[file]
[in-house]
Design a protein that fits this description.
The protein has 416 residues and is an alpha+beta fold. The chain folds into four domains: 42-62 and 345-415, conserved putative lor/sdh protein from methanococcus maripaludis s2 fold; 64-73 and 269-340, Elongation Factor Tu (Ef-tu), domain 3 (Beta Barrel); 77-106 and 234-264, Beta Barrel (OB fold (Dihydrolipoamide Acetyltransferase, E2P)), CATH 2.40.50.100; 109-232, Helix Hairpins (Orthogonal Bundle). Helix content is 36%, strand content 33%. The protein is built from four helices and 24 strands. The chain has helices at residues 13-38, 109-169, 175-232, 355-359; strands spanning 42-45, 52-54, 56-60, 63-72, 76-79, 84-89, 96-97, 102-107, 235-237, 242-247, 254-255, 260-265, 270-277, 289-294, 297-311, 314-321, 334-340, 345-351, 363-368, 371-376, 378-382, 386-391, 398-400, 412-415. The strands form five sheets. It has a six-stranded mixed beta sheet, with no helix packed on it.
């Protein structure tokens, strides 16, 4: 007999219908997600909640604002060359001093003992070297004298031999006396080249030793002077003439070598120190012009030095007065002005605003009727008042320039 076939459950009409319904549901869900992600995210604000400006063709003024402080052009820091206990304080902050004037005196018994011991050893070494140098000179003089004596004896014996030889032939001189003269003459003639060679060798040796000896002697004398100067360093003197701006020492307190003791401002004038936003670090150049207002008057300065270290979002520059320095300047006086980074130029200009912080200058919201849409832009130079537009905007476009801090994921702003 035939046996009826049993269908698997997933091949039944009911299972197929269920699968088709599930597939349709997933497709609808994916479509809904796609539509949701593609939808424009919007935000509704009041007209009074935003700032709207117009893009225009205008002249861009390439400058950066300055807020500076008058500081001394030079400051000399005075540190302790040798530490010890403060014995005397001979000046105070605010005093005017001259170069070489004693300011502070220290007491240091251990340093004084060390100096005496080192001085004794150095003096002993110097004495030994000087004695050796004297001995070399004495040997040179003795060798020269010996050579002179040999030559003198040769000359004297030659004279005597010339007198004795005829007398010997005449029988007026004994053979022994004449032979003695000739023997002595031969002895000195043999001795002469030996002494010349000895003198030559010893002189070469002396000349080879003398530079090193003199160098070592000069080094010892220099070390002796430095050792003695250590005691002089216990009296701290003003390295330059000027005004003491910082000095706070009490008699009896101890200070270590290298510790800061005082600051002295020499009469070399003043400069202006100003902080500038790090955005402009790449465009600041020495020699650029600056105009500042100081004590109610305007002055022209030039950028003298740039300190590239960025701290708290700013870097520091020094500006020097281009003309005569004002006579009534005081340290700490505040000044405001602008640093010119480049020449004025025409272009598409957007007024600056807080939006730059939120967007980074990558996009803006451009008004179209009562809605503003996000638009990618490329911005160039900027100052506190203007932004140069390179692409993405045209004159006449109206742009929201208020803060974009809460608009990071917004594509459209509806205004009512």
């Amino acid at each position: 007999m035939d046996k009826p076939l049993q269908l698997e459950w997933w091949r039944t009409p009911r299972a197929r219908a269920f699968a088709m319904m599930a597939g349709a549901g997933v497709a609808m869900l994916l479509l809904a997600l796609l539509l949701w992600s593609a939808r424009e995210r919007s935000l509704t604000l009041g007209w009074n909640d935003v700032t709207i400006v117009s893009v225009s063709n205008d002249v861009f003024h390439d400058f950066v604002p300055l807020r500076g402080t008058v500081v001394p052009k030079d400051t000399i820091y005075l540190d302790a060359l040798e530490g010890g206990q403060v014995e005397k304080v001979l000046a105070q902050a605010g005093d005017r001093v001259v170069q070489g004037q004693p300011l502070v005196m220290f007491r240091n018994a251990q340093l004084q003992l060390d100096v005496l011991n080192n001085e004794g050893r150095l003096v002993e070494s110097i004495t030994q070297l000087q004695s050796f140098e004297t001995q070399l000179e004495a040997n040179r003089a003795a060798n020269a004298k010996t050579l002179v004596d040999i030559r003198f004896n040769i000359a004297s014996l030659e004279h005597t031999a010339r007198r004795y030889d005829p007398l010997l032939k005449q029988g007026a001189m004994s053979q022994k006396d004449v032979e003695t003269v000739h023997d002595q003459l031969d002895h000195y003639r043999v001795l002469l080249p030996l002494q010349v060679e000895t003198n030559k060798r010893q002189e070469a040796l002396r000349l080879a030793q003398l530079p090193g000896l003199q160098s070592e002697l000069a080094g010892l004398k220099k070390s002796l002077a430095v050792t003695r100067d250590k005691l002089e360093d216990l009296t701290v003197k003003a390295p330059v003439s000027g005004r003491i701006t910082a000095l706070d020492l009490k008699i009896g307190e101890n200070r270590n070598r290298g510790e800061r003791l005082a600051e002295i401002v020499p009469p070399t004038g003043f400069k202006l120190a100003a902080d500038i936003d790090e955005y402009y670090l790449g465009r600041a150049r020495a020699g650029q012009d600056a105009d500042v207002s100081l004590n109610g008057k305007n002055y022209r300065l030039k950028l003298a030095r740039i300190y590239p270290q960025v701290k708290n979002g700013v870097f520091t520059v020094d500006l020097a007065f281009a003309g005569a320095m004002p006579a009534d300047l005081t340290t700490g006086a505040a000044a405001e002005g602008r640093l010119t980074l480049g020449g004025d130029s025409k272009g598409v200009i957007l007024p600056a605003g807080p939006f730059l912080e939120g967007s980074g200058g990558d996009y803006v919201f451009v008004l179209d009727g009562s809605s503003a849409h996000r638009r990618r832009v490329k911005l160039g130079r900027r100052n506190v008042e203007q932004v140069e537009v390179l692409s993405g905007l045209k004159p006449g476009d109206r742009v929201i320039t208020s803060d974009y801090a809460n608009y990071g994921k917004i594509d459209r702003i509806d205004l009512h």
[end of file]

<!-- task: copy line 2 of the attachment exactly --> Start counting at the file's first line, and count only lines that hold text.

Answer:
Design a protein that fits this description.